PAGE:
Parties need to consider the costs & be prepared to justify them as reasonable & proportionate, says Paul Bracewell, Council Member of The Association of Costs Lawyers
- The decision in Barts Health NHS Trust v Salmon clearly puts ‘good reason’ at the forefront of the receiving party’s mind when preparing a phased bill/Precedent S where a matter settles early and phases are not completed.
Since budgets were introduced in 2013, parties have had to consider what constitutes ‘good reason’ to depart from a budget under CPR 3.18. It is often thought that if, in a case where a costs management order has been made, a party has incurred estimated costs less than the budgeted estimated figure, those costs will be allowed.
In January 2019, His Honour Judge Dight, with Master Brown sitting as assessor, ruled in Barts Health NHS Trust v Hilrie Rose Salmon, an appeal by the defendant paying party against decisions made by Master Whalan sitting as a judge of Central London County Court.
The case was a clinical negligence claim which settled when the claimant accepted the defendant’s part 36 offer of £7,000. The overall value of the claim was in the region of £10,000 to £15,000. The issues in the claim were relatively limited and the parties had two experts each. The claimant’s approved budget was £155,673. On assessment, Master Whalan reduced the assessed figure of £52,133 to £40,000 on grounds of proportionality. The paying party contended that the figure should have been £25,000.
The expert phase was budgeted at £24,928, but in the bill the claimant sought £14,072. The ADR phase was approved at £9,745 but the actual costs claimed were £5,041.
The issues to be determined on appeal were whether the master was wrong to conclude there was no good reason under CPR 3.18(b) to depart from the expert and ADR phases in the bill; and whether the master erred in his application of the global proportionality test under CPR 44.3.
The court considered the application, inter alia, of Harrison v University Hospitals Coventry & Warwickshire NHS Trust  EWCA 6792 and the more recent decision in Yirenki v Ministry of Defence  5 Costs LR 1177.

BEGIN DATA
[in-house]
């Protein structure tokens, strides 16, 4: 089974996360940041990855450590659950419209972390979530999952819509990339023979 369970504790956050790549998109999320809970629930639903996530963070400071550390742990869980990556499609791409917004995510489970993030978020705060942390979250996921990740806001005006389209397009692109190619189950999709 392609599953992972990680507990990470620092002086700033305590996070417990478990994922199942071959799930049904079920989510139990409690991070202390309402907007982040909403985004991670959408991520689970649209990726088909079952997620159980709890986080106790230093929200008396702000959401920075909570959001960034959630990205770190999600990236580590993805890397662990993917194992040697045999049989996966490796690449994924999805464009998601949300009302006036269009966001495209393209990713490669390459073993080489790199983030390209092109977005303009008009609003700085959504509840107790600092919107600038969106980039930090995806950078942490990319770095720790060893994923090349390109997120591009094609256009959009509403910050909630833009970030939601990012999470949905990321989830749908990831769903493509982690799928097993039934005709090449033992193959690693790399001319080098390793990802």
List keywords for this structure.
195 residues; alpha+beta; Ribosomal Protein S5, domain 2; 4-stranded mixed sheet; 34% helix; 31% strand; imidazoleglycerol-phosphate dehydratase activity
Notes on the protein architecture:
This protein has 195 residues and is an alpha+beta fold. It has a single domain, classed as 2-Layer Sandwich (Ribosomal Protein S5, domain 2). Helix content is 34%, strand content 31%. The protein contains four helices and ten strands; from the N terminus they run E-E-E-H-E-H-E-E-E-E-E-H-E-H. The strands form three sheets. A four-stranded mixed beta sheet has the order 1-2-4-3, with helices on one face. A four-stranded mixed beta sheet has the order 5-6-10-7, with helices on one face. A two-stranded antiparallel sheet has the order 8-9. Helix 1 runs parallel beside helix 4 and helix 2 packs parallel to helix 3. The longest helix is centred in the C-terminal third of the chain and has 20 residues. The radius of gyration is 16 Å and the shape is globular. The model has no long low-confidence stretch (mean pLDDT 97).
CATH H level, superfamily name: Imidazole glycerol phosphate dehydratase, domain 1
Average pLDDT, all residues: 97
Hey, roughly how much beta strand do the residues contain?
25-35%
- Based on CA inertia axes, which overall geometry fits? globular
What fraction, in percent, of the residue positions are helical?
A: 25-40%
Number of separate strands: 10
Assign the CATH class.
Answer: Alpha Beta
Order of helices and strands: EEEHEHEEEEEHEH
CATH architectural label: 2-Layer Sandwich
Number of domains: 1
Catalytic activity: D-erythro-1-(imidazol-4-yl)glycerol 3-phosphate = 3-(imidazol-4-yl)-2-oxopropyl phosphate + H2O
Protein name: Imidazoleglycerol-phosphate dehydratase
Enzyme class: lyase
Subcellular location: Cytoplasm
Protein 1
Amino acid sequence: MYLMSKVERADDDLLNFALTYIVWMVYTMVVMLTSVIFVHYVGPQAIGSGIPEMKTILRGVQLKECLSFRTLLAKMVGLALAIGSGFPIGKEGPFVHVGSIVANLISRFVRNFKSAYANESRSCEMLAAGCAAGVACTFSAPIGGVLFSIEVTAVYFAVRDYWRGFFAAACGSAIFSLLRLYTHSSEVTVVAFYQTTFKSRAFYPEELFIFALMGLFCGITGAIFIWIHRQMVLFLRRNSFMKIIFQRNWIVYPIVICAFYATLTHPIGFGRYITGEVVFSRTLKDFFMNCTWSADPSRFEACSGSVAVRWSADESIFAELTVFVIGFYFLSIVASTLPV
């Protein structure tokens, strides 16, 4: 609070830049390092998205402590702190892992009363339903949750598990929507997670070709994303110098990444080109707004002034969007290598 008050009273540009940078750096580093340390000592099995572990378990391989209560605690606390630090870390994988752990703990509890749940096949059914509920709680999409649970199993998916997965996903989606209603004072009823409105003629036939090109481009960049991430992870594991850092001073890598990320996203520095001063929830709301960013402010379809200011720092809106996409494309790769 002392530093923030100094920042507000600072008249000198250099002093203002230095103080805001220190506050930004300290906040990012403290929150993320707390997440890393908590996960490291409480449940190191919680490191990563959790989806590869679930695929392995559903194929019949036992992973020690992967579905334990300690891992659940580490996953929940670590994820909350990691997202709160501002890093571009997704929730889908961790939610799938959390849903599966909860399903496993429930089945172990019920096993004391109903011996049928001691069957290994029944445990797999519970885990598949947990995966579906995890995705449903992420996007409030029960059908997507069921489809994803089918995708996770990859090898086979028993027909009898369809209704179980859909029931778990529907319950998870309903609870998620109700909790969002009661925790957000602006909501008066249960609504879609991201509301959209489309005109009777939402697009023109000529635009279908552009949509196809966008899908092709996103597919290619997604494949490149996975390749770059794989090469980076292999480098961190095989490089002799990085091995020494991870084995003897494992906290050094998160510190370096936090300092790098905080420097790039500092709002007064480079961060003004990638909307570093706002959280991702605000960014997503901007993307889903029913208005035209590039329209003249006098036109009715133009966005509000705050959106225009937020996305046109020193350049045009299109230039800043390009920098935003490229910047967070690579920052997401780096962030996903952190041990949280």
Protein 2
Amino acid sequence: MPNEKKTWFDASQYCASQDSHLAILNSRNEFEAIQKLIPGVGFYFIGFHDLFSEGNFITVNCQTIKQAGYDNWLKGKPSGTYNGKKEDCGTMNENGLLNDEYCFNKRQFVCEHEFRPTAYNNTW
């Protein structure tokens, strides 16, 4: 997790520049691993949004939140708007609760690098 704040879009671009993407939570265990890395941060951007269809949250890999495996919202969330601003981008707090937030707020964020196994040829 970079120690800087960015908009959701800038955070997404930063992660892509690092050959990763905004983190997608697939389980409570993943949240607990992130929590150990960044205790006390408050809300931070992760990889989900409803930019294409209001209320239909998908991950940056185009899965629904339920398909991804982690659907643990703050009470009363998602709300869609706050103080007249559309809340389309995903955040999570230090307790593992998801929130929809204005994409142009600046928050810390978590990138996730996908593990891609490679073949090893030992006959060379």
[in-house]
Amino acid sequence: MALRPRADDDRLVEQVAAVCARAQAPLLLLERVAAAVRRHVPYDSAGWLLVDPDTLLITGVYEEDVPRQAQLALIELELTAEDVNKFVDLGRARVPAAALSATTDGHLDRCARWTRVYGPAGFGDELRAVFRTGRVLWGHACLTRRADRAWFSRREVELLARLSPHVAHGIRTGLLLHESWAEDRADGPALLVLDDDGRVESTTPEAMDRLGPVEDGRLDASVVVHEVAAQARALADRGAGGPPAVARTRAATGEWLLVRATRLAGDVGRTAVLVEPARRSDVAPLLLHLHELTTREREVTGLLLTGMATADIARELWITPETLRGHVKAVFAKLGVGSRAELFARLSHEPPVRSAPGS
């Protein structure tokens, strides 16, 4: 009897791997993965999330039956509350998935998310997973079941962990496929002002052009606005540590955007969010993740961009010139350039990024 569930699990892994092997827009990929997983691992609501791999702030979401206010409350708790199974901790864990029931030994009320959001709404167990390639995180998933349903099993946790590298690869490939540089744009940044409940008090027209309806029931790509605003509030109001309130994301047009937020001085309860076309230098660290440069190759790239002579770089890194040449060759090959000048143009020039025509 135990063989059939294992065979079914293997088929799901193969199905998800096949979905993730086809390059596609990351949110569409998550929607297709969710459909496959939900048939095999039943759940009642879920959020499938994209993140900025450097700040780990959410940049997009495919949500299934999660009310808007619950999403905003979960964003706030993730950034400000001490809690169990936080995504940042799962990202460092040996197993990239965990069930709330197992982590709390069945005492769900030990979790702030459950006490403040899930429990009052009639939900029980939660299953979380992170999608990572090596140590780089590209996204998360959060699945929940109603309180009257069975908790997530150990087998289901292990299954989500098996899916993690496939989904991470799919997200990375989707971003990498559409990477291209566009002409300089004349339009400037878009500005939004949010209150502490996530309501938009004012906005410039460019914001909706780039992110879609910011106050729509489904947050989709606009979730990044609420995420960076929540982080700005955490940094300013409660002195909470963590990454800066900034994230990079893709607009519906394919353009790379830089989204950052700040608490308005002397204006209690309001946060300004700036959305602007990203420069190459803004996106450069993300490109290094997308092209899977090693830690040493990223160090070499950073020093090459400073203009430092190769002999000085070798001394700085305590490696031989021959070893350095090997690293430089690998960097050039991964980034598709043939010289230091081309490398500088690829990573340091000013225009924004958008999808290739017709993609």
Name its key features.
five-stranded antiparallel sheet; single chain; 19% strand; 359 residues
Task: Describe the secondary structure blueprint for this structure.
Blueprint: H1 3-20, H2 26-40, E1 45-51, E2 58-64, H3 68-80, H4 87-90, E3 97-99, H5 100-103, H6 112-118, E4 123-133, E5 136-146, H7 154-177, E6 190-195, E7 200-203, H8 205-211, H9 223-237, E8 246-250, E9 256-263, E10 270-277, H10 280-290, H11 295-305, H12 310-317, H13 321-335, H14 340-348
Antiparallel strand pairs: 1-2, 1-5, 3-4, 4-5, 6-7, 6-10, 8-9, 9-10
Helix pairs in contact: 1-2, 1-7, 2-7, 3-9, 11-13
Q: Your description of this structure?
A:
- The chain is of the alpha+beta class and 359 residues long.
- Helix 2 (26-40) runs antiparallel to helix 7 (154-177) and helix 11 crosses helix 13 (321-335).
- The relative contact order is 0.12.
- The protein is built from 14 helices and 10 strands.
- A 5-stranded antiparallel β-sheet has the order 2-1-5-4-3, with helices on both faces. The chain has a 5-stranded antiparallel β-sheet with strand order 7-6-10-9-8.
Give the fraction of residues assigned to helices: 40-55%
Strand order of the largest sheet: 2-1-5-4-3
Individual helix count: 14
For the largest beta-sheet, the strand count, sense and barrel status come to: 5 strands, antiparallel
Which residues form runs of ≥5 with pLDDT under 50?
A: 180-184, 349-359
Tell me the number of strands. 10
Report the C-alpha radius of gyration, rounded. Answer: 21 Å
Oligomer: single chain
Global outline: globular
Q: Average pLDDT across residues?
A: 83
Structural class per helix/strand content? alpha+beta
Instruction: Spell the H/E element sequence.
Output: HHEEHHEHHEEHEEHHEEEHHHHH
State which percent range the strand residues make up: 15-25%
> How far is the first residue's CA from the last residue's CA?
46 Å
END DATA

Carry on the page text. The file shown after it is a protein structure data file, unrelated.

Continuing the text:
In brief, Yirenki establishes the principle that it is the goal of the costs budgeting exercise to approve a total figure for each phase. The constituent parts of each figure (time, rates and disbursements) are not “an end in themselves”.
In Salmon, the receiving party argued that the costs were reasonable as the phase had not been completed, there was no breach of the indemnity principle and there was no good reason to depart from the budget. The paying party submitted that, whilst actual expenditure had been claimed, those costs were greater than expected for the work actually done. This was good reason to depart.
HHJ Dight found the fact that the two phases had not been completed was in itself good reason to depart from the budgeted phase figures. This would not lead to a line-by-line assessment but the master could exercise his case management powers in arriving at an appropriate figure.
The factors when deciding proportionality are contained in CPR 44.4(5) and are well known. The court dismissed the appeal on proportionality and in doing so noted the application of proportionality in light of the low value, with an increase in the sum allowed to reflect the complexity of the litigation and the issues.
However, in light of the decision to send the matter for re-assessment of the two phases, then absent agreement, the court was likely to have to look at proportionality again.
The decision clearly puts ‘good reason’ at the forefront of the receiving party’s mind when preparing a phased bill/Precedent S where a matter settles early and phases are not completed. Parties need to consider the costs in each phase and be prepared to justify them as reasonable and proportionate for the work actually completed.
Paul Bracewell is a Costs Lawyer, a Council Member of the Association of Costs Lawyers, and accredited civil & commercial mediator with Bracewell Costs
This article first appeared in the New Law Journal on 21 May 2019